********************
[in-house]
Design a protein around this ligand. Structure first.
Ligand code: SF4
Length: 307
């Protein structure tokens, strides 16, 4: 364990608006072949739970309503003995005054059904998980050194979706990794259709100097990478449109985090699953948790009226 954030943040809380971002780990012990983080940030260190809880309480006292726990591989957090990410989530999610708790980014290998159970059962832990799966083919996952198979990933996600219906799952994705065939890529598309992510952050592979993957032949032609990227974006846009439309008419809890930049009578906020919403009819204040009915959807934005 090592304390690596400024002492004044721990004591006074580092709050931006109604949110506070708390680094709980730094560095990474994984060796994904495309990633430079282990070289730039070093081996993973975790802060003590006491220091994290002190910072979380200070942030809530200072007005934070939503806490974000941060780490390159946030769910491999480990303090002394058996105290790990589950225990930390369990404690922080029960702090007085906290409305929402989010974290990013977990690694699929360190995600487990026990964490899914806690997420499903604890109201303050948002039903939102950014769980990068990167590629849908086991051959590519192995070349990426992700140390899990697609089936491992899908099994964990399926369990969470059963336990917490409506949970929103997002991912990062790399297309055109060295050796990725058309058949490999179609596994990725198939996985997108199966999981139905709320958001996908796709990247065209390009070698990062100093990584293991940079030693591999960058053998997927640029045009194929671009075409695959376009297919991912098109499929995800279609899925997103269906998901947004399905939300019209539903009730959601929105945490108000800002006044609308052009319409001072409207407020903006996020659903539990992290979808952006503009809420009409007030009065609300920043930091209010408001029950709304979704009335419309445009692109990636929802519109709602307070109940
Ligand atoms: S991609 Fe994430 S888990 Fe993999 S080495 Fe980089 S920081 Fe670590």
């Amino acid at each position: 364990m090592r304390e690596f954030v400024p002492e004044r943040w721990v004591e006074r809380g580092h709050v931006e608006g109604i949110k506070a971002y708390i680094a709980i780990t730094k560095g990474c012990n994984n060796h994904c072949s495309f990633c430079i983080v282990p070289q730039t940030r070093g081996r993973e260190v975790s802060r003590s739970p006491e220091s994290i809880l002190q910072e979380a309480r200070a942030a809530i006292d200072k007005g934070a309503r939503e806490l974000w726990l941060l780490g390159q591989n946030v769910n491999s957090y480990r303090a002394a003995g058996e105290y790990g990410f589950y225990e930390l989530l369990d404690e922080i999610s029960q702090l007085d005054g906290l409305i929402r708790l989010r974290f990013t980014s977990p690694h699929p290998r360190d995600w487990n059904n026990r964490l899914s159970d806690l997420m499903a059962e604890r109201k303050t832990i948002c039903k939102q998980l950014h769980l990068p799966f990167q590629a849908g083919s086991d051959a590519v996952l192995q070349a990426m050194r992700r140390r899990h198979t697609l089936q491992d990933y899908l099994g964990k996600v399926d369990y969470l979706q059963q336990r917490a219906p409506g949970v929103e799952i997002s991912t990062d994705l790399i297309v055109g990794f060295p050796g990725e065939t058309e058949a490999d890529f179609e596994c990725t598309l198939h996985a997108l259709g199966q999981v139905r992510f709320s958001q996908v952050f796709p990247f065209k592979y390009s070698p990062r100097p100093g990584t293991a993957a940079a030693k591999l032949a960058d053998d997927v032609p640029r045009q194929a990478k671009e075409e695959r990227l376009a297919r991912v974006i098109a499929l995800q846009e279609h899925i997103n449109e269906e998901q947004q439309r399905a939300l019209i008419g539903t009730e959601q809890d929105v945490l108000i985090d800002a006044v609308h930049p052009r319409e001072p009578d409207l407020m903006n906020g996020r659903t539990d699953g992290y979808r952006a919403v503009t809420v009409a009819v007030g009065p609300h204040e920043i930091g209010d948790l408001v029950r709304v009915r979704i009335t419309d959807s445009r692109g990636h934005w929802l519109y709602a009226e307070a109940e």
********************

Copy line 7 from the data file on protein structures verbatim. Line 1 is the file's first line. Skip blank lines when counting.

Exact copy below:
């Amino acid at each position: 364990m090592r304390e690596f954030v400024p002492e004044r943040w721990v004591e006074r809380g580092h709050v931006e608006g109604i949110k506070a971002y708390i680094a709980i780990t730094k560095g990474c012990n994984n060796h994904c072949s495309f990633c430079i983080v282990p070289q730039t940030r070093g081996r993973e260190v975790s802060r003590s739970p006491e220091s994290i809880l002190q910072e979380a309480r200070a942030a809530i006292d200072k007005g934070a309503r939503e806490l974000w726990l941060l780490g390159q591989n946030v769910n491999s957090y480990r303090a002394a003995g058996e105290y790990g990410f589950y225990e930390l989530l369990d404690e922080i999610s029960q702090l007085d005054g906290l409305i929402r708790l989010r974290f990013t980014s977990p690694h699929p290998r360190d995600w487990n059904n026990r964490l899914s159970d806690l997420m499903a059962e604890r109201k303050t832990i948002c039903k939102q998980l950014h769980l990068p799966f990167q590629a849908g083919s086991d051959a590519v996952l192995q070349a990426m050194r992700r140390r899990h198979t697609l089936q491992d990933y899908l099994g964990k996600v399926d369990y969470l979706q059963q336990r917490a219906p409506g949970v929103e799952i997002s991912t990062d994705l790399i297309v055109g990794f060295p050796g990725e065939t058309e058949a490999d890529f179609e596994c990725t598309l198939h996985a997108l259709g199966q999981v139905r992510f709320s958001q996908v952050f796709p990247f065209k592979y390009s070698p990062r100097p100093g990584t293991a993957a940079a030693k591999l032949a960058d053998d997927v032609p640029r045009q194929a990478k671009e075409e695959r990227l376009a297919r991912v974006i098109a499929l995800q846009e279609h899925i997103n449109e269906e998901q947004q439309r399905a939300l019209i008419g539903t009730e959601q809890d929105v945490l108000i985090d800002a006044v609308h930049p052009r319409e001072p009578d409207l407020m903006n906020g996020r659903t539990d699953g992290y979808r952006a919403v503009t809420v009409a009819v007030g009065p609300h204040e920043i930091g209010d948790l408001v029950r709304v009915r979704i009335t419309d959807s445009r692109g990636h934005w929802l519109y709602a009226e307070a109940e």